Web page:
Though Iran has thus far remained in compliance with the Joint Comprehensive Plan of Action (JCPOA), the US decision to withdraw from the nuclear deal could be the first domino to fall, setting off a chain of escalatory events throughout the region.
“This change is US policy is happening at a time when the region is really combustible,” said Zalmay Khalilzad, president of Gryphon Partners and an Atlantic Council board director. Ultimately, the regional impact of US President Donald J. Trump’s May 8 decision to withdraw from the JCPOA will depend on Tehran, and what it decides to do next: play nice on the world stage, or retaliate in its own backyard.
While it is unlikely Iran will walk away from the deal completely, said Khalilzad, a former US ambassador to Iraq and Afghanistan, “the actions taken could strengthen the hardline elements and their hold on power.” Tehran could decide the concessions from Europe are not enough without the United States and take a more aggressive stance in the region. This could in turn result in a regional conflict.
Further, in the wake of US Secretary of State Mike Pompeo’s proposed “plan B” nuclear deal, which outlined a series of stringent demands for Tehran, Iran could see less incentive to compromise, said Mona Yacoubian, a senior adviser on Syria at the US Institute of Peace.
“The US withdrawal is acting as an accelerant for dynamics that already existed in the region,” Yacoubian cautioned. “This could escalate in ways we can’t predict,” she said.
Khalilzad delivered opening remarks at an Atlantic Council event on May 21. Following his introduction, Yacoubian joined Norman Roule, former national intelligence manager for Iran at the Office of the Director of National Intelligence, and Nicholas Blanford, a nonresident senior fellow at the Atlantic Council’s Middle East Security Initiative, for a discussion on the regional dimensions of the US decision to withdraw from the nuclear agreement. Faysal Itani, a senior fellow in the Atlantic Council’s Rafik Hariri Center for the Middle East, moderated the conversation.
Should Iran choose to spark conflict, Khalilzad said, it will escalate tensions with Israel by unleashing Hezbollah, ordering the Lebanese militants, monetarily supported by Iran, to further stoke the ongoing aggression with Israel.
“Neither side is interested in an all-out conflagration, but the prospect of confrontation is increasingly growing,” said Yacoubian.
Yacoubian described how, thus far, the proxy war between Iran and Israel has been limited to Syria. However, escalation could see Israel take the fight directly to Hezbollah, expanding the conflict to Lebanon. Such a move could produce all-out war, spilling across borders throughout the region.
“In a war in which Hezbollah is unleashed, it will not be limited to Lebanon,” Khalilzad cautioned.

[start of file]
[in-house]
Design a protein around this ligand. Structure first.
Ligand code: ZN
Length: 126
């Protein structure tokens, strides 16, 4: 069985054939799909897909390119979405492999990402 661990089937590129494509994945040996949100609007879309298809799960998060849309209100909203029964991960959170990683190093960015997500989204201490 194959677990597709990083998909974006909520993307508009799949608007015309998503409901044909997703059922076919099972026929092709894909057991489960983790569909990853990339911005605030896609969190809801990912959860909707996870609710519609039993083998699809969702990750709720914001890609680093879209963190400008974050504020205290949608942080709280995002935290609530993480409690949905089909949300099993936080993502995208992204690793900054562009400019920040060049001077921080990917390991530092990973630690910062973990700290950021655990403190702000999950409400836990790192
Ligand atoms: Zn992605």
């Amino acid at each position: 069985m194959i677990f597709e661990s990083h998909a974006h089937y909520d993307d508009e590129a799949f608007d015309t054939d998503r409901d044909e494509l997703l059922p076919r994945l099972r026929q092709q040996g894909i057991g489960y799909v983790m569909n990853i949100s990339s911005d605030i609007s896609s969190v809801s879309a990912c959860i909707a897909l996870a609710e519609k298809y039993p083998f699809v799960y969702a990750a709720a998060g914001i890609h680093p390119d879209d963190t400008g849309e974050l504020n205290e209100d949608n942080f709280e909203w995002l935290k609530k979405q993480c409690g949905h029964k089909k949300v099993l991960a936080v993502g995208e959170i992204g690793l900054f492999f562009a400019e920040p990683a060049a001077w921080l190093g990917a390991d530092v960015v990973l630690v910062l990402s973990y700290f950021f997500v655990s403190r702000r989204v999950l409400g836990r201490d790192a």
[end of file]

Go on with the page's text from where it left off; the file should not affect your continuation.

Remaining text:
According to Yacoubian, “if the region is to move from escalation to conflagration, the most likely place this will happen is Syria.” The war-torn country will serve as the staging ground for any further escalation between Iran, Israel, and Hezbollah against the backdrop of uncertain US policy in the region.
“Syria is first and foremost a battlefield” in this scenario, said Yacoubian.
If threat from Iran grows in Syria, she said, Israel could respond with more proxies in southern Syria. Further complicating matters, “we still have big question marks about how long the United States is going to stay engaged in Syria, and that is a critical factor.”
Blanford described how the current “situation… has been developing over the past year.” Since 2013, Israel has carried out strikes on Hezbollah targets in Syria, and this activity has been allowed by Hezbollah and Iran, without repercussions. However, when Israel hit Hezbollah targets in Lebanon in 2006, the militants retaliated, said Blanford, demonstrating that an attack in Lebanon was a red line that must not be crossed.
However, he said, in the last year, “we’ve had a slight change in this whole dynamic, and things have become more fluid.” As a result, there is a “need to reset the rules of the game in the region, because as of now there really are no clear rules of the game,” said Yacoubian.
According to Blanford, “this is a very unpredictable and potentially extremely dangerous situation. All players would prefer to keep their clashes to Syria than expand to Lebanon.” Ultimately, much depends on whether Iran decides to take an aggressive stance against Israel, sparking conflict and setting off an escalatory chain of events which could result in war.
Ultimately, Iran will need to see Europe’s reaction to the re-imposition of US sanctions before determining how to proceed, said Roule. Tehran’s priority, he said, is regime stability. In order to maintain this, the hardline elements in the Iranian government must maintain political and economic stability, fueled by steady oil flow and business opportunities. These prospects are threatened by the re-imposition of US sanctions, but the blow could be softened by European concessions.
When weighing its options, Tehran must consider the benefits of cooperation, as opposed to the cost of war, the panelists agreed. Consequently, Iran will cut expenditures when it feels the economic pinch. “I would start to worry if I were Lebanese Hezbollah,” said Roule.
Rachel Ansley is assistant director of editorial content at the Atlantic Council.